Dr L was the duty doctor on call. She received a message from reception. Mrs A had been in and had asked for a repeat prescription for her warfarin tablets. She was only issued with a prescription for warfarin last week and the computer would not allow the receptionist to issue a further prescription. Also her INR test was three weeks overdue.
Mrs A told the receptionist that she was going to stay with her sister in France for ten weeks and needed extra warfarin tablets. She also asked for antibiotics in case she got diarrhoea whilst away. She wanted to come back at 4pm to collect the prescriptions, as she was flying off the following day.
Dr L was concerned about this request and telephoned Medical Protection for advice.
Medicolegal adviser Dr Rachel Birch shares her advice…
The GMC states that doctors must “prescribe drugs or treatment, including repeat prescriptions, only when you have adequate knowledge of the patient’s health, and are satisfied that the drugs or treatment serve the patient’s needs”. Doctors should also ensure that the treatment is compatible with any other treatments the patient is receiving.
The GMC also provides specific prescribing guidance, which advises:
- Doctors are responsible for the prescriptions that they sign and should be prepared to justify any decision to prescribe.
- Doctors do not have to prescribe treatments that they do not consider to be of overall benefit to patients, even if patients ask for such treatments. However, they should discuss the request with the patient, explain their reasons and advise the patient of their right to seek a second opinion.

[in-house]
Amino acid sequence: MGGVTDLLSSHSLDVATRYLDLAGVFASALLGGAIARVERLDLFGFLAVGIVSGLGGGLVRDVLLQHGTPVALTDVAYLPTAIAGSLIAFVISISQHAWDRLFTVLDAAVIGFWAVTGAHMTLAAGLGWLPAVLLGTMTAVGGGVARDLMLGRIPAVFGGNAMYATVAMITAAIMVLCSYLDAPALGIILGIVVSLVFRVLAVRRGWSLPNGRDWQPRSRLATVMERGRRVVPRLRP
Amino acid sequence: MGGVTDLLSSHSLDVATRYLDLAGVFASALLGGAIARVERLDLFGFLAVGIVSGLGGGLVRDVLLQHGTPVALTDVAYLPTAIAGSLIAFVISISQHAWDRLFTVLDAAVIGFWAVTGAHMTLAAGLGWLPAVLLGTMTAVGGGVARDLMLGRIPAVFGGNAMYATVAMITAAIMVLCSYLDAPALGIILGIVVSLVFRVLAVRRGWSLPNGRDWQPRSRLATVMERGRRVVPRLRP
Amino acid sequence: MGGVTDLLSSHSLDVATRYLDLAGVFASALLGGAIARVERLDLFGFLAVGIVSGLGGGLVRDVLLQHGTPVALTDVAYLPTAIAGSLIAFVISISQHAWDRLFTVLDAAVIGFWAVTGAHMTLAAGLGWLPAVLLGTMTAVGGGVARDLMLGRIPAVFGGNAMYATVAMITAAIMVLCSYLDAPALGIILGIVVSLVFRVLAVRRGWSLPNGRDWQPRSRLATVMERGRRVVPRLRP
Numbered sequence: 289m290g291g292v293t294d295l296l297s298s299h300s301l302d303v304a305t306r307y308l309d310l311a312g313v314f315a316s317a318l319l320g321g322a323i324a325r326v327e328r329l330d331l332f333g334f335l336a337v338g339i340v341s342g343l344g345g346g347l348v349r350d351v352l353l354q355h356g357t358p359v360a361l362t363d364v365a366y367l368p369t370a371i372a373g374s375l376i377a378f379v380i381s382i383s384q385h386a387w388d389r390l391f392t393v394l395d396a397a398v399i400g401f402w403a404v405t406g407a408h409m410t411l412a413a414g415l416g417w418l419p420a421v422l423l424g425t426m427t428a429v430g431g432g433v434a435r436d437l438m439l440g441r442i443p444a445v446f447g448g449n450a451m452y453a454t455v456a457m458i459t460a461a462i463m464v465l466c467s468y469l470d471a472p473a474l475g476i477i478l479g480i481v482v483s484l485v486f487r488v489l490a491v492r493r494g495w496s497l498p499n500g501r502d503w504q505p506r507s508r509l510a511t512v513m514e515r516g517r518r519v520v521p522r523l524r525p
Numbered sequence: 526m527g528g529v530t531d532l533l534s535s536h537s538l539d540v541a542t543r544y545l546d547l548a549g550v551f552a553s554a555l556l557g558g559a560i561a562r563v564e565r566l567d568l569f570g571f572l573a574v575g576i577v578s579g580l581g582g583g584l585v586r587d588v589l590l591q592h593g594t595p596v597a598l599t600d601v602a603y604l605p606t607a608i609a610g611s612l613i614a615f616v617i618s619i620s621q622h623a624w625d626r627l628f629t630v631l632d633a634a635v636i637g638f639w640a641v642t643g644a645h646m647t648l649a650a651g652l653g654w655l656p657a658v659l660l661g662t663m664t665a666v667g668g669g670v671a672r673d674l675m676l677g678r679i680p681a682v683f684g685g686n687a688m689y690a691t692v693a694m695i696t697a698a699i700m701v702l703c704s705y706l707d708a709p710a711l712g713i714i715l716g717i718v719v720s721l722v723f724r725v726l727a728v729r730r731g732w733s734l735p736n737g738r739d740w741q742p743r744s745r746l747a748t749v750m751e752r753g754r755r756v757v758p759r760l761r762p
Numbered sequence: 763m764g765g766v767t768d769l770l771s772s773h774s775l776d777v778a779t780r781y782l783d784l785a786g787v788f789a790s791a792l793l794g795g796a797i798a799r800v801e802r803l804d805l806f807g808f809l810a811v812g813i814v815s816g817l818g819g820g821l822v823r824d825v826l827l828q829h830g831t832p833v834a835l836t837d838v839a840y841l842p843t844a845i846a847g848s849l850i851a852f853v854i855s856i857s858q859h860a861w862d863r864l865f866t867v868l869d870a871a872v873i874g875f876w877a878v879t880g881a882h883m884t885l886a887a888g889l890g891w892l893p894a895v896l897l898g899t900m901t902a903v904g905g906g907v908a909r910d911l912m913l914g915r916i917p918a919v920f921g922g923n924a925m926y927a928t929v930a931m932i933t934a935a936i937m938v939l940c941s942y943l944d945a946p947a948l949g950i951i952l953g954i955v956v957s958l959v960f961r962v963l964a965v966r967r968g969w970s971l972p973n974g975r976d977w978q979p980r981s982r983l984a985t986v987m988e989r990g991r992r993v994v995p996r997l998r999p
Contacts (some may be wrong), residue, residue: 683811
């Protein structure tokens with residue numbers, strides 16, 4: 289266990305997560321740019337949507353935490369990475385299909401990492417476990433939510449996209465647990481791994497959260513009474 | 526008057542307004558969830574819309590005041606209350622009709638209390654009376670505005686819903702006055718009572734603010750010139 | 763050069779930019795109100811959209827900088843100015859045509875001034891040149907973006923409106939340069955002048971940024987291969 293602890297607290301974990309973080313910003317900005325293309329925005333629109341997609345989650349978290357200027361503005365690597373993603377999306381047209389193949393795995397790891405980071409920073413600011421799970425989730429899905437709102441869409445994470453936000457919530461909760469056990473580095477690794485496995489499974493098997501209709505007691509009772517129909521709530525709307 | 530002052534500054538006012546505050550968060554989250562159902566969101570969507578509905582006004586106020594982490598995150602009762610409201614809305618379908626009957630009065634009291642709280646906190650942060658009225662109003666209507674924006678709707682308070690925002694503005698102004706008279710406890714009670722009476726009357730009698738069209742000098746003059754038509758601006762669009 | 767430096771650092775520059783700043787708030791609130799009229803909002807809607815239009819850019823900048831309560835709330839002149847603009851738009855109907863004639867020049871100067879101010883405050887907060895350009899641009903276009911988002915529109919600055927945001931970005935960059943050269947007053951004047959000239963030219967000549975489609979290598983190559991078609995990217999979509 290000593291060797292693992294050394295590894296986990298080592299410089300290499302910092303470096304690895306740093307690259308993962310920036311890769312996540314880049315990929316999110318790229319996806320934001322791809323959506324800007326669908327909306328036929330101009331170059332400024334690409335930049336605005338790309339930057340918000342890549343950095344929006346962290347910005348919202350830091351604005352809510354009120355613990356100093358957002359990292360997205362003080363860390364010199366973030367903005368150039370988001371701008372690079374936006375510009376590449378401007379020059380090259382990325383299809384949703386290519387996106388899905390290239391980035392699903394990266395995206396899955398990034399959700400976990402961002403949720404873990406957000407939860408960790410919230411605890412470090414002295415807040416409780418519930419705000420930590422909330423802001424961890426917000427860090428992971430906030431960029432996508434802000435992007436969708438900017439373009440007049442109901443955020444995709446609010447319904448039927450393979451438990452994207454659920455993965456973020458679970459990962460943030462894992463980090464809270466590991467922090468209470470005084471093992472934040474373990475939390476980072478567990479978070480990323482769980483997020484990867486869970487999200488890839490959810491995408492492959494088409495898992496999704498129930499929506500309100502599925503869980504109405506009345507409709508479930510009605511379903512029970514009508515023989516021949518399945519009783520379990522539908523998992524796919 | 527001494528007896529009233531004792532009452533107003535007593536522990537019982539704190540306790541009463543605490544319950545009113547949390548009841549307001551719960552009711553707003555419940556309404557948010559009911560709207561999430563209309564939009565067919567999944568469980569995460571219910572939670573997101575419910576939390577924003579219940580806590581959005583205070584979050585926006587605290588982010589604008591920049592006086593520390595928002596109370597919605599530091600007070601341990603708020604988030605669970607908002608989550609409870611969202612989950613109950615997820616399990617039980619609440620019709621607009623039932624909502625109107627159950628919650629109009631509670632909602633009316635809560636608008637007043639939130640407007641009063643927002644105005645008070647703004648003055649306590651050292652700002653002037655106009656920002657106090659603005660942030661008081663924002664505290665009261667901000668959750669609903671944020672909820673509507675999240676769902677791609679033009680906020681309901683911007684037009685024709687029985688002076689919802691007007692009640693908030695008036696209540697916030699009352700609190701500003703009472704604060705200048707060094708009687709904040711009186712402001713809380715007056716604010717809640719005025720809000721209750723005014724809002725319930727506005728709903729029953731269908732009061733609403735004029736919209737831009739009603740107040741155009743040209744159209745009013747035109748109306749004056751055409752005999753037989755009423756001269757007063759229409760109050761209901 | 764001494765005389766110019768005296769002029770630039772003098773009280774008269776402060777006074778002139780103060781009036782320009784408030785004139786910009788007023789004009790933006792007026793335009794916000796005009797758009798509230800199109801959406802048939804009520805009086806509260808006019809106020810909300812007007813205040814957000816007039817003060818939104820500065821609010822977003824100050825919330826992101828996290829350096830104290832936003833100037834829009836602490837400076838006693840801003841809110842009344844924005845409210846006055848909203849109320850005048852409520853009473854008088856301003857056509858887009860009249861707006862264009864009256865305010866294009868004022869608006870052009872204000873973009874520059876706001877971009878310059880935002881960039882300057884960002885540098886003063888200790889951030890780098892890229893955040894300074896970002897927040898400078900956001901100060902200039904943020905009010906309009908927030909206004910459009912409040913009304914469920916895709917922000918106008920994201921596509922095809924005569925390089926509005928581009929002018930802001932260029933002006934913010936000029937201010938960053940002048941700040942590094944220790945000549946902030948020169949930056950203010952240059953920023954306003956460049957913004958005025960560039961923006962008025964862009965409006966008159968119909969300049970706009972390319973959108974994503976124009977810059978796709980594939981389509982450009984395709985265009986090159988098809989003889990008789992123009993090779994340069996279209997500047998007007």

- Doctors should, together with the patient, make an assessment of their condition before deciding to prescribe a medicine.
- Doctors should explain to patients the likely benefits and risks of treatments, including side effects.
- Advice should include how to take the medicine and how to adjust the dose.
- Doctors are responsible for the safe monitoring of a medication, including blood tests. If doctors prescribe for patients who are overseas, they should consider how the condition may be safely monitored. They should also consider whether they have appropriate professional protection to treat patients overseas.
Advice on Dr L’s case:
- The patient was overdue her INR test and this could present a risk if the patient was to go away for ten weeks.
- Consider INR monitoring abroad, since she is away for so long.
- Consider the GMC guidance and assess the patient in person. She may require an INR prior to her departure.
- Consider potential interactions of warfarin and antibiotics and whether the patient could be safely monitored abroad.
- Be aware of the risks of prescribing “just in case” medication – it would be safer and preferable for the patient to seek medical review if she were to become unwell abroad.
- It might be difficult for Dr L to justify prescribing “just in case” antibiotics, in the event that harm came to the patient abroad. She would not be able to make an adequate assessment of the patient at the time, and would have no way of knowing if the diarrhoea was due to bacteria or another cause.
Dr L arranged to see Mrs A at the end of her morning surgery. She took an INR blood test and arranged for the result to be telephoned back to the practice that afternoon. She explained her concerns about prescribing “just in case” antibiotics and advised the patient to seek medical review if she became unwell abroad.
She also advised the patient to have her INR checked whilst away by her sister’s GP. She provided the patient with a copy of her recent INR results and details of her warfarin dose, so that she could show this to her sister’s GP. She advised the patient to ensure that she had adequate health insurance. The patient thanked Dr L for her time in attending to her and telephoned the surgery prior to her holiday to obtain her INR result.